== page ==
I write in response to Evan Mahnken’s article "Criticize poor handling of 'And Then There Were None,'" published in the Justice on April 24.  Mahnken not only misrepresents our department's letter to the Undergraduate Theater Collective regarding the production of "And Then There Were None," he also grossly distorts the events leading up to the sole performance of the play on Saturday, April 14th, as well as my comments at the post-performance talkback. 

First, let me state for the record: Nowhere in our letter did we call on the UTC to cancel the play. Indeed, we affirmed their right to mount the production, a right enshrined in Brandeis' Principles of Free Speech and Free Expression. What we asked them to consider was if, given everything they knew about the play's deeply racist and dehumanizing history, it was just and right to mount the play, and if the answer was yes, whether they had mounted it in a way that "bear[ed] the moral responsibility for their actions and the impact those actions have on the community." The UTC's decision to suspend production of the play on the opening night and subsequently to offer a single public showing is one that they have ownership over. It appears that this pause in the production offered the UTC an opportunity to reflect on a process that was, by their own admission, deeply flawed. We did not force them to take this course of action, and Mahnken’s suggestion that we bullied them is wrongheaded. Bullying and intimidation manifest themselves in myriad ways; our letter is simply not one of them. 

Mahnken also faults us for not being in attendance at the forum held in lieu of the play's premiere on Thursday, April 12 at  8 p.m. What he neglects to tell readers is that we were invited to attend the forum in an email sent to us at 6:20 p.m. on Thursday evening. Needless to say, the timing of the email rendered it impossible for our faculty, including myself, to be there. This, I am told, was pointed out at the forum. It is not clear why Mahnken omitted this from his article. He also conflates the proposed faculty panel, which never took place, with the talkback which occurred on April 14. Having received adequate advance notice that the play was going to be staged on the 14th and followed by a talkback, I was able to attend. There was nothing disingenuous, as Mahnken claims, about this. It was important for me to be there, having engaged with the process since early March, when I was first contacted by the play's producer. I was well within my rights to decline participating in the proposed faculty panel, but I nonetheless continued to be in dialogue with the play's producer. This included arranging and participating in a lengthy discussion with Vice President for Diversity, Equity and Inclusion Mark Brimhall-Vargas and the play's producer and director.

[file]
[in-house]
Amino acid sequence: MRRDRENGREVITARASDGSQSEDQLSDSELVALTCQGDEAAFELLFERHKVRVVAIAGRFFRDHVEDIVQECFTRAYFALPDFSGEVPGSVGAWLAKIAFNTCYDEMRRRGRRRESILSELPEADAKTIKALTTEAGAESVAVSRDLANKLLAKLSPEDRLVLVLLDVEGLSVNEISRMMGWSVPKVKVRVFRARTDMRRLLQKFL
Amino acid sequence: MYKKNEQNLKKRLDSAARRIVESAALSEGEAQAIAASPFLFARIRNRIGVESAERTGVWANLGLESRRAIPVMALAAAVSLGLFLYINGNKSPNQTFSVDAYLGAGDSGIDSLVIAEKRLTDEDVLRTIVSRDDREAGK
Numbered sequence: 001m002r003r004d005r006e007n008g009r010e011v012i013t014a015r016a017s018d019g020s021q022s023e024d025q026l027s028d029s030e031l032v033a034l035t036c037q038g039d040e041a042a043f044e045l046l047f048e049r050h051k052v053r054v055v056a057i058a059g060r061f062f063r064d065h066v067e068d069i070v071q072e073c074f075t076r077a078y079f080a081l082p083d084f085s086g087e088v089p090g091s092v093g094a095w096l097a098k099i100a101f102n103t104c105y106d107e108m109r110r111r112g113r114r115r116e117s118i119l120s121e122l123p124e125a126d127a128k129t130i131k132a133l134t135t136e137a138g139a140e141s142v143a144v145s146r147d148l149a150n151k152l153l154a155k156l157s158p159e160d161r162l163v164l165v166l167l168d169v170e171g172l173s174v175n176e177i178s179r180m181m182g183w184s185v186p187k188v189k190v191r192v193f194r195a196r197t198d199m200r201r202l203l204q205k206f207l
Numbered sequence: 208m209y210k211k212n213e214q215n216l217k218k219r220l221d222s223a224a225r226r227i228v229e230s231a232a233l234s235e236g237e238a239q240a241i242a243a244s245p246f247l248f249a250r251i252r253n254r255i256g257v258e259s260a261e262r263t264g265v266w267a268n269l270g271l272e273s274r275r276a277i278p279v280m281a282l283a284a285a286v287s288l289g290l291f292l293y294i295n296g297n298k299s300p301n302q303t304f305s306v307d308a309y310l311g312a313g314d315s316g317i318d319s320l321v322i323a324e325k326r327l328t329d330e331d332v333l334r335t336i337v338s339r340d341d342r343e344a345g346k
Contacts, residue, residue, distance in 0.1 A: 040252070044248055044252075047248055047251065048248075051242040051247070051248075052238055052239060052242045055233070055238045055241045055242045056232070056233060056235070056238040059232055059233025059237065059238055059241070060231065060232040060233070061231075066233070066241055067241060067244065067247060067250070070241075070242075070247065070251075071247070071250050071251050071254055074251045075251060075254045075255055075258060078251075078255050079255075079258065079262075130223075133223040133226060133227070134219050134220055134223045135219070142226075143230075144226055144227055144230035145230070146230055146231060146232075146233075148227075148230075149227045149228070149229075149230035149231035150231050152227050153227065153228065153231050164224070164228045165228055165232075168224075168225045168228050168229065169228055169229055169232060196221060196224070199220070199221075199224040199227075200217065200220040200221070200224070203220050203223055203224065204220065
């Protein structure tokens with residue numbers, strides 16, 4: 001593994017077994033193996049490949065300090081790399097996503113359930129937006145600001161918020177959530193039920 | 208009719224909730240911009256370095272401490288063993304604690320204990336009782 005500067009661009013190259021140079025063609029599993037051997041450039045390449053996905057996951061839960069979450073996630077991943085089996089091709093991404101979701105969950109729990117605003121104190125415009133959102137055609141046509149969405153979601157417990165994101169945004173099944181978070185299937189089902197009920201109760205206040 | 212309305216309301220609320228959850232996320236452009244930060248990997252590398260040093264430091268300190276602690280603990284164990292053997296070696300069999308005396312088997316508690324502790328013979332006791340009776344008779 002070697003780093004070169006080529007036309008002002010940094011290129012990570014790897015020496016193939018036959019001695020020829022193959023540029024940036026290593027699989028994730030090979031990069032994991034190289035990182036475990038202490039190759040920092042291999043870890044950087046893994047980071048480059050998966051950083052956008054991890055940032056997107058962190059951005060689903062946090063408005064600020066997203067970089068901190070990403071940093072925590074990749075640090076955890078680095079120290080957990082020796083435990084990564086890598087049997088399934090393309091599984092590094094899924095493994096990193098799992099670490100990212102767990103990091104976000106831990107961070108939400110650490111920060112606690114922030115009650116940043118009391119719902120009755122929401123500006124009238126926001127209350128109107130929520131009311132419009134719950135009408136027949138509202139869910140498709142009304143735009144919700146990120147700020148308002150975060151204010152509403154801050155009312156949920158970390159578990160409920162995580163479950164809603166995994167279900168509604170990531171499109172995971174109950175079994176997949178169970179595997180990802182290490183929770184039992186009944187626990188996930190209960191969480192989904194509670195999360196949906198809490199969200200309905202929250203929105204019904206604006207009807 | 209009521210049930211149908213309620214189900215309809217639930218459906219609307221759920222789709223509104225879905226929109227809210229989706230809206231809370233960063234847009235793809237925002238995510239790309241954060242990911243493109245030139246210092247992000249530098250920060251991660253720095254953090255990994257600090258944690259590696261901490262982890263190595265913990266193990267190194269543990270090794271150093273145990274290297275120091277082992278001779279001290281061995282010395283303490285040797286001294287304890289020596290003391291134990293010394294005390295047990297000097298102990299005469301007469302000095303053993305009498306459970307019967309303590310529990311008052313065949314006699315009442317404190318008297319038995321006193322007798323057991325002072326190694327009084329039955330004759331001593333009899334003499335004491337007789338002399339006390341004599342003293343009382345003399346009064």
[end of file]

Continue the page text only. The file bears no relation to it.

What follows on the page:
The night of the play, I appreciated having the opportunity to speak with the cast members and their families, to hear their concerns and to explain our's directly to them. Far from the "trainwreck" that Mahnken describes, there was just the kind of open dialogue that he calls for in his article. It is disheartening that he felt the need to disparage that conversation, and to misrepresent my contributions to it. 

Finally, in the Justice's editorial, "Criticize entire 'And Then There Were None' process," also published on April 24, the editorial board criticizes the African and Afro-American Studies faculty for "not reaching out earlier...and...failing to advise students when they had requested help with a contentious issue." Allow me to state for the record, again, that as a faculty member and chair of the department I did engage in a forthright conversation with the play's producer when she reached out to me in early March. I not only suggested that she meet with Brimhall-Vargas, I arranged the meeting, and then I participated in it for its entirety. During that meeting I made the same points that our letter went on to make again. I am at a loss for how this constitutes a failure on our part. 

I recognize that this was difficult for the UTC, and especially disappointing for the students who put so much of their time and energy into the production. Much of the intervening conversation has centered their frustrations amid concerns about the UTC's internal processes and broader questions about freedom of speech and expression. What has gotten lost in the mix are the play's horrifying roots in the long history of dehumanization and extermination of Black and Native peoples. The more the conversation loses sight of this history and the manifold ways in which the past remains present, the easier it is to misinterpret or mischaracterize our letter. So allow me to end with a reminder of where Agatha Christie's novel first began: a racist nursery rhyme about the serial murder of 10 Black children. It should never be easy to look past that. 

— Prof. Carina Ray (AAAS) is an associate professor of African and Afro-American Studies.